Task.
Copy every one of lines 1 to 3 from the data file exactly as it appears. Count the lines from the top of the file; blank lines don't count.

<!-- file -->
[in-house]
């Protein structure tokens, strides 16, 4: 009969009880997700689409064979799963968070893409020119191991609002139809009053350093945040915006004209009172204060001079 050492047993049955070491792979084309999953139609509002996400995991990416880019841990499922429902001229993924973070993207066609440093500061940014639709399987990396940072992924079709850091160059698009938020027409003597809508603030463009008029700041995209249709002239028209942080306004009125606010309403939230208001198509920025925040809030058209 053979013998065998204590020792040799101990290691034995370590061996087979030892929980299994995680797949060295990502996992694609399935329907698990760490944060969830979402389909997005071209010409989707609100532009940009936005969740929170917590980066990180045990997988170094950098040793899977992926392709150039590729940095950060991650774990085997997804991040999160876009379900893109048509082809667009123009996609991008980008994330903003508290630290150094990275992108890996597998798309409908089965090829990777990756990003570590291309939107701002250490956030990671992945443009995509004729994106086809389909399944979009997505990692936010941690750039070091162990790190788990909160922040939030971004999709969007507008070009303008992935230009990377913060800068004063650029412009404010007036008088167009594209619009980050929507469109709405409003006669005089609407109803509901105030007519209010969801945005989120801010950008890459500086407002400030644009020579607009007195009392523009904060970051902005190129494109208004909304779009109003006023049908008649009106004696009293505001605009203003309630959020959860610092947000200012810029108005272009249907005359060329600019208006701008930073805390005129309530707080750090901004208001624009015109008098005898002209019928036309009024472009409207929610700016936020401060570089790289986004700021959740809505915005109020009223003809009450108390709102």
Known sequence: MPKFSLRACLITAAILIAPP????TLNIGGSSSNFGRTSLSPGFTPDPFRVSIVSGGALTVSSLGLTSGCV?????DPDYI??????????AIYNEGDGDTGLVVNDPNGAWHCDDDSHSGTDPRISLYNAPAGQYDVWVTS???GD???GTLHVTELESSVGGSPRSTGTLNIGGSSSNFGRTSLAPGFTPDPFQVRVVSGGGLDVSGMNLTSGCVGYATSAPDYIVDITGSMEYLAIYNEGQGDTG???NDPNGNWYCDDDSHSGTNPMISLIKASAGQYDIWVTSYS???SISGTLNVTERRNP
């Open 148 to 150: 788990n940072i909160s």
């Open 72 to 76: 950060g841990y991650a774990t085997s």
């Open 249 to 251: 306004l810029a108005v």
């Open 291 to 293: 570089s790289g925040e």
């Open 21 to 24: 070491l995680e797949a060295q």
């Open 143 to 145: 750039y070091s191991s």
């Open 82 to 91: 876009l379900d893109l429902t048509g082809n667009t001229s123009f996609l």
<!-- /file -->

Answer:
[in-house]
């Protein structure tokens, strides 16, 4: 009969009880997700689409064979799963968070893409020119191991609002139809009053350093945040915006004209009172204060001079 050492047993049955070491792979084309999953139609509002996400995991990416880019841990499922429902001229993924973070993207066609440093500061940014639709399987990396940072992924079709850091160059698009938020027409003597809508603030463009008029700041995209249709002239028209942080306004009125606010309403939230208001198509920025925040809030058209 053979013998065998204590020792040799101990290691034995370590061996087979030892929980299994995680797949060295990502996992694609399935329907698990760490944060969830979402389909997005071209010409989707609100532009940009936005969740929170917590980066990180045990997988170094950098040793899977992926392709150039590729940095950060991650774990085997997804991040999160876009379900893109048509082809667009123009996609991008980008994330903003508290630290150094990275992108890996597998798309409908089965090829990777990756990003570590291309939107701002250490956030990671992945443009995509004729994106086809389909399944979009997505990692936010941690750039070091162990790190788990909160922040939030971004999709969007507008070009303008992935230009990377913060800068004063650029412009404010007036008088167009594209619009980050929507469109709405409003006669005089609407109803509901105030007519209010969801945005989120801010950008890459500086407002400030644009020579607009007195009392523009904060970051902005190129494109208004909304779009109003006023049908008649009106004696009293505001605009203003309630959020959860610092947000200012810029108005272009249907005359060329600019208006701008930073805390005129309530707080750090901004208001624009015109008098005898002209019928036309009024472009409207929610700016936020401060570089790289986004700021959740809505915005109020009223003809009450108390709102």
Known sequence: MPKFSLRACLITAAILIAPP????TLNIGGSSSNFGRTSLSPGFTPDPFRVSIVSGGALTVSSLGLTSGCV?????DPDYI??????????AIYNEGDGDTGLVVNDPNGAWHCDDDSHSGTDPRISLYNAPAGQYDVWVTS???GD???GTLHVTELESSVGGSPRSTGTLNIGGSSSNFGRTSLAPGFTPDPFQVRVVSGGGLDVSGMNLTSGCVGYATSAPDYIVDITGSMEYLAIYNEGQGDTG???NDPNGNWYCDDDSHSGTNPMISLIKASAGQYDIWVTSYS???SISGTLNVTERRNP